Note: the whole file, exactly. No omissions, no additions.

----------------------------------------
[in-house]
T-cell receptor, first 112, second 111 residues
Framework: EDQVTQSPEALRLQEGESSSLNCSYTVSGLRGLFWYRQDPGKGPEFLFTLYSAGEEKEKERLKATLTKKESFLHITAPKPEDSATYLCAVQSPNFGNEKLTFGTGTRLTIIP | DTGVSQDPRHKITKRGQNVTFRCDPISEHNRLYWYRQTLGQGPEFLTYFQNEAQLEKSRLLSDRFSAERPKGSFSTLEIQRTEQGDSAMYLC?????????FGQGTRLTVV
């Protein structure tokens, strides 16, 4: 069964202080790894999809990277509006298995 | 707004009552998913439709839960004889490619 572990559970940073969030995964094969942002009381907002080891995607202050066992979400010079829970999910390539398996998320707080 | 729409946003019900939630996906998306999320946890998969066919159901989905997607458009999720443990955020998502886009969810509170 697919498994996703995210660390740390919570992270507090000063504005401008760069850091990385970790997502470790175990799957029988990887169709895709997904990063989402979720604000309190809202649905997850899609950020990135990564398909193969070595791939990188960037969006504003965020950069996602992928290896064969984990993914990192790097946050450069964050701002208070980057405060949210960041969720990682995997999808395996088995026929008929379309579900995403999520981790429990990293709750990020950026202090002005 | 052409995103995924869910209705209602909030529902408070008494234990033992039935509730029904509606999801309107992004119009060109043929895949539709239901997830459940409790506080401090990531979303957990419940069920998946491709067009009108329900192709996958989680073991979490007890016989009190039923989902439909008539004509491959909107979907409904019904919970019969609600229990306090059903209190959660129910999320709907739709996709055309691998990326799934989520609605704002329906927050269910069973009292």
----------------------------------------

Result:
[in-house]
T-cell receptor, first 112, second 111 residues
Framework: EDQVTQSPEALRLQEGESSSLNCSYTVSGLRGLFWYRQDPGKGPEFLFTLYSAGEEKEKERLKATLTKKESFLHITAPKPEDSATYLCAVQSPNFGNEKLTFGTGTRLTIIP | DTGVSQDPRHKITKRGQNVTFRCDPISEHNRLYWYRQTLGQGPEFLTYFQNEAQLEKSRLLSDRFSAERPKGSFSTLEIQRTEQGDSAMYLC?????????FGQGTRLTVV
């Protein structure tokens, strides 16, 4: 069964202080790894999809990277509006298995 | 707004009552998913439709839960004889490619 572990559970940073969030995964094969942002009381907002080891995607202050066992979400010079829970999910390539398996998320707080 | 729409946003019900939630996906998306999320946890998969066919159901989905997607458009999720443990955020998502886009969810509170 697919498994996703995210660390740390919570992270507090000063504005401008760069850091990385970790997502470790175990799957029988990887169709895709997904990063989402979720604000309190809202649905997850899609950020990135990564398909193969070595791939990188960037969006504003965020950069996602992928290896064969984990993914990192790097946050450069964050701002208070980057405060949210960041969720990682995997999808395996088995026929008929379309579900995403999520981790429990990293709750990020950026202090002005 | 052409995103995924869910209705209602909030529902408070008494234990033992039935509730029904509606999801309107992004119009060109043929895949539709239901997830459940409790506080401090990531979303957990419940069920998946491709067009009108329900192709996958989680073991979490007890016989009190039923989902439909008539004509491959909107979907409904019904919970019969609600229990306090059903209190959660129910999320709907739709996709055309691998990326799934989520609605704002329906927050269910069973009292």